Villa Sancti Petri (in Latin)
Sankt Peter (in German)
|• Total||380.26 km2 (146.82 sq mi)|
|• Density||383/km2 (990/sq mi)|
|Time zone||UTC+1 (CET)|
|• Summer (DST)||UTC+2 (CEST)|
|Area code||(+36) 48|
The town was mentioned first in 1281 as Szentpéter (St. Peter). It got the first part of its name later, from the river Sajó. The town was owned by the king, it belonged first to the Castle of Diósgyőr, then to the Dédes estate. During the Hussite fights the town was destroyed. It was built again after 1466 but got its town status back only in 1989.
In the 17th–18th century the town was owned by several important noble families, among them the Rákóczi and the Losonczy families.
In the 19th century the formerly agricultural village became an industrial one, coal mines were opened and a glass factory was built. Being halfway between two of the largest industrial cities of the area, Sajószentpéter couldn't avoid being more and more industrialized during the Socialist era, but, like in other cities and towns of Northern Hungary, the industry faced a crisis after the Socialist regime fall, and unemployment became one of the largest problems.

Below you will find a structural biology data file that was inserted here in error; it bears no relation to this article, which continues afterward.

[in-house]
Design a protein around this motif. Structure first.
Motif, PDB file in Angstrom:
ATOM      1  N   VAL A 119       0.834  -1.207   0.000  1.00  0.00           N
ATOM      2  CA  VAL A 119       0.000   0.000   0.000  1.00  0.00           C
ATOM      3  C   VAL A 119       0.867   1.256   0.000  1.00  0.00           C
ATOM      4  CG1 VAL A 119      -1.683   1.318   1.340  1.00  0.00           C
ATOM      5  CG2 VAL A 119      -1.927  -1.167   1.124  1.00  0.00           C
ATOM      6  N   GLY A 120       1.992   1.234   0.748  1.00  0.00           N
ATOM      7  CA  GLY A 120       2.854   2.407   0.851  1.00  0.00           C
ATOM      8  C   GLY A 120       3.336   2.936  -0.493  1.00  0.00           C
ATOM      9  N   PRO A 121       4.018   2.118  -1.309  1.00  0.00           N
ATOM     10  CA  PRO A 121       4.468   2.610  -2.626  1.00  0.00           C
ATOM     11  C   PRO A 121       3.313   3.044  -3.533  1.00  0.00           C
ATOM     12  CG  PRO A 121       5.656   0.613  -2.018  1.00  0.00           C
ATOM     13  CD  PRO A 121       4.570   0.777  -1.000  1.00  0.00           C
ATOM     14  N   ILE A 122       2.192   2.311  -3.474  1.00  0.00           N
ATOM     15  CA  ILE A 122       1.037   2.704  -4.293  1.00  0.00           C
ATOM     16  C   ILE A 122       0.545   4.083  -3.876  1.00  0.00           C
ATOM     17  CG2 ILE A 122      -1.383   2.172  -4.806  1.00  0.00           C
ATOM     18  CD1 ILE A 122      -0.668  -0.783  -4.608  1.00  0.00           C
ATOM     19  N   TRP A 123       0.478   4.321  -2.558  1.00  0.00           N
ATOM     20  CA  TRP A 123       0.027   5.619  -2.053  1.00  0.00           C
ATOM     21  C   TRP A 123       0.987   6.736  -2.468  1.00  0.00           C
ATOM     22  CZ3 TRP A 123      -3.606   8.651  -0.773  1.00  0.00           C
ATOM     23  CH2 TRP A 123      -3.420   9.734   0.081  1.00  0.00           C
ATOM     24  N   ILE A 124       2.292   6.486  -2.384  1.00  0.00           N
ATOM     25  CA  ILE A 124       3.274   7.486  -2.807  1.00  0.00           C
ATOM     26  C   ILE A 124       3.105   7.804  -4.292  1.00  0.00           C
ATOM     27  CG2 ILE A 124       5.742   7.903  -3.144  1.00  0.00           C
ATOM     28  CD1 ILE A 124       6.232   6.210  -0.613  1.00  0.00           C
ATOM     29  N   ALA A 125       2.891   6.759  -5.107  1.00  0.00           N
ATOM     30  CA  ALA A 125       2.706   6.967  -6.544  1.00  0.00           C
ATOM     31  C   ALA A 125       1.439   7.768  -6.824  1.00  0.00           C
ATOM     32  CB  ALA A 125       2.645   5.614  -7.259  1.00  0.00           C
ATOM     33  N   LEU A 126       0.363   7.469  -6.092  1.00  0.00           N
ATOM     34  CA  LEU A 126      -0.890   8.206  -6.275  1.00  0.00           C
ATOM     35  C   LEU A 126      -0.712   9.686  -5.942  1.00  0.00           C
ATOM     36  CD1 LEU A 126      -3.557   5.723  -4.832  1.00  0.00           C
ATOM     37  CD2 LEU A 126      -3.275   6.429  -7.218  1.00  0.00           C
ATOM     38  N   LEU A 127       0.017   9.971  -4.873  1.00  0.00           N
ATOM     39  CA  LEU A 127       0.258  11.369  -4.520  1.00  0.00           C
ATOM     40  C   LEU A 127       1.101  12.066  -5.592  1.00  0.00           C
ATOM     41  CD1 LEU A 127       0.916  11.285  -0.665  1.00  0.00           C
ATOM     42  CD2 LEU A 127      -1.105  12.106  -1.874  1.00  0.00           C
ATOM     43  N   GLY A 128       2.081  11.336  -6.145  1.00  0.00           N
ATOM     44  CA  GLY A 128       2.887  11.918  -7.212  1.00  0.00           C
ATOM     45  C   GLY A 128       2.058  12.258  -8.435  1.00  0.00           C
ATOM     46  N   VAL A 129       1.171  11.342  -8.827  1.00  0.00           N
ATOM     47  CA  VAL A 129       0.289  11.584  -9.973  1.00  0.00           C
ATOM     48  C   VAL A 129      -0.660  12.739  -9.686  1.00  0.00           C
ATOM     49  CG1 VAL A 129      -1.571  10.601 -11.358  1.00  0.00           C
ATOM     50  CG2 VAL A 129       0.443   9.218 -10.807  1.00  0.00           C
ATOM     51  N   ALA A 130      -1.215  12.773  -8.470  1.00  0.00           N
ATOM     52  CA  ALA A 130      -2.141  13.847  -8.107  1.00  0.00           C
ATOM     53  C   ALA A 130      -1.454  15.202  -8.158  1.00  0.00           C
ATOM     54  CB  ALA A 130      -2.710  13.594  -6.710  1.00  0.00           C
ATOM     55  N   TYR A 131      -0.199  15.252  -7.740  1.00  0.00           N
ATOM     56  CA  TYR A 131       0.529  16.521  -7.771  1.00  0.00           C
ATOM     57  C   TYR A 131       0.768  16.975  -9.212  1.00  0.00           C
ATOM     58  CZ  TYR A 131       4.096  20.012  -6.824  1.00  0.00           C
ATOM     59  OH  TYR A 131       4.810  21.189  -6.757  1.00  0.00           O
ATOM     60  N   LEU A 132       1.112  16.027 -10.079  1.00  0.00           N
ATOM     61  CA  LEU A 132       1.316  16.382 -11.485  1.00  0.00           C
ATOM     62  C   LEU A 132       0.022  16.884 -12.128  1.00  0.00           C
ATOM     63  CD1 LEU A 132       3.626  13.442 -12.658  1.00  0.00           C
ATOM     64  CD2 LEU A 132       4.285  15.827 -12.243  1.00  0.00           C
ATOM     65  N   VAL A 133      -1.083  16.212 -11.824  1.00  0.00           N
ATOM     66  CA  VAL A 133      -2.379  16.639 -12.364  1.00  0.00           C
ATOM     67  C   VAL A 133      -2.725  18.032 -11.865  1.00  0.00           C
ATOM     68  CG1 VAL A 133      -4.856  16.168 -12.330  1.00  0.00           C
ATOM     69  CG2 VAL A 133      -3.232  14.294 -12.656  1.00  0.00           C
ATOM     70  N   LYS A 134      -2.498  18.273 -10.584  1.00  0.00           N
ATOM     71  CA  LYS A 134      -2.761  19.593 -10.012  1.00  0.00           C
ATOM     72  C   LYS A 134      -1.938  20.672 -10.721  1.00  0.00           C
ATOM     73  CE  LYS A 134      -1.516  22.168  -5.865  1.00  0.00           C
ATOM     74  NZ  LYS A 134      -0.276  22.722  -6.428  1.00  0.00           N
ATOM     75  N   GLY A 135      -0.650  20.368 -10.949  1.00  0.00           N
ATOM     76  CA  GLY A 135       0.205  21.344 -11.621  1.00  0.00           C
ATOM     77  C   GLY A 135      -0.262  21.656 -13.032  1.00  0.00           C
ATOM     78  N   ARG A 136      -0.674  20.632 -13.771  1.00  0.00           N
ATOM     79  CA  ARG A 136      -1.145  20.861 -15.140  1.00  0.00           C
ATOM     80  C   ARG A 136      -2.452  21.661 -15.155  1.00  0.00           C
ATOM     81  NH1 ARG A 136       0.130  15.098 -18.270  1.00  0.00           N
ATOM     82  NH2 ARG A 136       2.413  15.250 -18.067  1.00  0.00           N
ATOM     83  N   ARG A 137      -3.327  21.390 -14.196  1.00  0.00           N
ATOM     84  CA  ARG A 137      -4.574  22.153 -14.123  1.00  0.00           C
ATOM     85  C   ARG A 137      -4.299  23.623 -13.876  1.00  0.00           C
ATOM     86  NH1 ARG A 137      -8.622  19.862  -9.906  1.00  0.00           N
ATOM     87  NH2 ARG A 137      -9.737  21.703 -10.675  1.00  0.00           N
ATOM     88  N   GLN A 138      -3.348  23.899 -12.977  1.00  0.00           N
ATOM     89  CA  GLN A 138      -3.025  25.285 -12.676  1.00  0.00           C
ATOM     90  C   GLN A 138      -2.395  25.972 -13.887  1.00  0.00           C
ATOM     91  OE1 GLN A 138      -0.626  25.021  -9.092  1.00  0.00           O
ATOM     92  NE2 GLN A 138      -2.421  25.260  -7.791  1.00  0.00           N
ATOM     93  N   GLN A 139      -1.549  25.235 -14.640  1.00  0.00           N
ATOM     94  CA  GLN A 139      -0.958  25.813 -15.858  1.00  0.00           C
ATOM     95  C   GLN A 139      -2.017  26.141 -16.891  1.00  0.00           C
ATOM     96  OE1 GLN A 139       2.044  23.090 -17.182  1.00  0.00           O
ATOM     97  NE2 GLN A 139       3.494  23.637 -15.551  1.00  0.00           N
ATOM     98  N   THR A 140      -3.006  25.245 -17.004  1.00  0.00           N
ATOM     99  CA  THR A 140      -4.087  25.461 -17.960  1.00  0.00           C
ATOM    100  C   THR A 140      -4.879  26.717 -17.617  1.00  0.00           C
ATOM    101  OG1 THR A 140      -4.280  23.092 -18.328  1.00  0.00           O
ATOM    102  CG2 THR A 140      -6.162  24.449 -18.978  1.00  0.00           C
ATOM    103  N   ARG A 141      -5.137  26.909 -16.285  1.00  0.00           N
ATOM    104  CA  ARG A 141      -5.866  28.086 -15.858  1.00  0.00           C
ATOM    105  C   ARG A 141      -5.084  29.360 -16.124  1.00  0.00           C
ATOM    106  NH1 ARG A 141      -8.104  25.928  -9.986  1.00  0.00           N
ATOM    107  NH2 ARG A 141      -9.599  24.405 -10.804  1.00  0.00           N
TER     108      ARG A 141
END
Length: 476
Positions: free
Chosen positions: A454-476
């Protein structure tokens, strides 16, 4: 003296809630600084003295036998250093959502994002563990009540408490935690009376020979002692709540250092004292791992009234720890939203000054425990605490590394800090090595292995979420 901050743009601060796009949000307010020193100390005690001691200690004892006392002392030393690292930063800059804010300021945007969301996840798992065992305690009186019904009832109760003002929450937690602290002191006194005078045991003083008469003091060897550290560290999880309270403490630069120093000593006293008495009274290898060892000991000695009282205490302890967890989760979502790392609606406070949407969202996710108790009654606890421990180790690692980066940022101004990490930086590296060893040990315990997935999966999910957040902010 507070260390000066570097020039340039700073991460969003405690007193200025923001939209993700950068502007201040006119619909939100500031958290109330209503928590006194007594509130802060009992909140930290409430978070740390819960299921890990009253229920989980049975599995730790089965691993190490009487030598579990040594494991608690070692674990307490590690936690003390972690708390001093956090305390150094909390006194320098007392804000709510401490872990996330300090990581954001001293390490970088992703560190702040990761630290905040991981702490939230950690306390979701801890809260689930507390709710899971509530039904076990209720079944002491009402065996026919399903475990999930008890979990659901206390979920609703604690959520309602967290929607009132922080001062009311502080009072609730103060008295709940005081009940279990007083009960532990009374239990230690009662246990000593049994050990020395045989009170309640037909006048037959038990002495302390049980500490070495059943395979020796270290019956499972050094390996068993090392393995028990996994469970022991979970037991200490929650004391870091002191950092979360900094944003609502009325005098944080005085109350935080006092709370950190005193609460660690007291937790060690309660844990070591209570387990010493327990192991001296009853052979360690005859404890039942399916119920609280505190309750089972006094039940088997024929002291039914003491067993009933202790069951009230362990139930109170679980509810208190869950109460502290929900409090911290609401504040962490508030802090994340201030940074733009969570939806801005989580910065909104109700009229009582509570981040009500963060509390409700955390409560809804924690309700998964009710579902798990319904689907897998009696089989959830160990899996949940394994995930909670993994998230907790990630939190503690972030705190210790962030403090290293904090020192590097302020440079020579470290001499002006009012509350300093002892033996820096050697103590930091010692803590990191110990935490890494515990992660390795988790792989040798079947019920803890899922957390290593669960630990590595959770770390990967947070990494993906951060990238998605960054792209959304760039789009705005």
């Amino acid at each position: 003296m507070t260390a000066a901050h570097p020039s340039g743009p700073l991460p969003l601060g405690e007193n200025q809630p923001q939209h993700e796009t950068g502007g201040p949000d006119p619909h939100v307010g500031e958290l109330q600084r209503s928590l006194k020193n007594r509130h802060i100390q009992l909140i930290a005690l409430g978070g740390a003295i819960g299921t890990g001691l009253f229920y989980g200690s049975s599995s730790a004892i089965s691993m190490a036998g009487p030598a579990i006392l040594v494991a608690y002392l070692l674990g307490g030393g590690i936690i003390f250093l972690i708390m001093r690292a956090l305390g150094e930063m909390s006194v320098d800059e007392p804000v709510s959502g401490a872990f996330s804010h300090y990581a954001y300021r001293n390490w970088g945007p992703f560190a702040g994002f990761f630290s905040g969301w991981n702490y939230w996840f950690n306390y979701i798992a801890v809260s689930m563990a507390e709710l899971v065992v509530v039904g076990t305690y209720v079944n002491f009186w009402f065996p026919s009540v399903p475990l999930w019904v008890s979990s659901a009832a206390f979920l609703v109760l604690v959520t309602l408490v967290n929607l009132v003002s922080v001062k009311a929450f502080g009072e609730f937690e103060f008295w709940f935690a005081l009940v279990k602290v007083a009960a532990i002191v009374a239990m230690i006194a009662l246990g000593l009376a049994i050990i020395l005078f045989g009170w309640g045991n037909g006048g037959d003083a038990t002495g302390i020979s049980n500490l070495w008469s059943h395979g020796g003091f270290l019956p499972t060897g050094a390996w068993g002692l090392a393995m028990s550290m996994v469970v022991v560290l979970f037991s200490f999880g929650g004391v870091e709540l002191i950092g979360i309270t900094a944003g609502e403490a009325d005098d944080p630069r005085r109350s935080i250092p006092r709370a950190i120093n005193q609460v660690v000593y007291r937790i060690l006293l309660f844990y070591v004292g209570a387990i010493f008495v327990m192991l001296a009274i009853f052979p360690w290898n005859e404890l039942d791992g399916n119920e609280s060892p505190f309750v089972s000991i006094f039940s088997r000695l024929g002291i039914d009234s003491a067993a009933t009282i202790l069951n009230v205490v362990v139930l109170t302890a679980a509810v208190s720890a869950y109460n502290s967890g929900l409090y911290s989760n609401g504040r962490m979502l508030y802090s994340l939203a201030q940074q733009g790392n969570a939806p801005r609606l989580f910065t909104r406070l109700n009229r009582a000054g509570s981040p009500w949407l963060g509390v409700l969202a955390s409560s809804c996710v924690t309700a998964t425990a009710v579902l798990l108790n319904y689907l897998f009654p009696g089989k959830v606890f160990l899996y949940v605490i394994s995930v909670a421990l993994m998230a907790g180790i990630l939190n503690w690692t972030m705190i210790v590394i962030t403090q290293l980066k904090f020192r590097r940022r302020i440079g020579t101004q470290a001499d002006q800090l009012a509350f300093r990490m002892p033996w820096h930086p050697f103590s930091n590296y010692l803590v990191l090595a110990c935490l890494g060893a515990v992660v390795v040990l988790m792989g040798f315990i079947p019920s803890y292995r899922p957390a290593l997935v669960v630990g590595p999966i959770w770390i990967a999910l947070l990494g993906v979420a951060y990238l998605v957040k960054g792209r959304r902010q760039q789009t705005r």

- Sigismund Rákóczi (1544-1608), Prince of Transylvania (1607-1608)
- Lea Gottlieb (born 1918), Israeli fashion designer and founder of Gottex
- János Koszta (born 1959), Hungarian football player
- Oszkár Molnár (born 1956), Hungarian politician
- Anikó Nagy (born 1970), Hungarian team handball player
- Chaim Sofer (1821—86), Hungarian rabbi
- István Varga (born 1956), Hungarian politician and economist
- Sándor Pécsi (1922-1972), Hungarian actor
- Birthplace of József Lévay
- Country museum
Twin towns — Sister cities
Sajószentpéter is twinned with:
|Wikimedia Commons has media related to Sajószentpéter.|
- Official website in Hungarian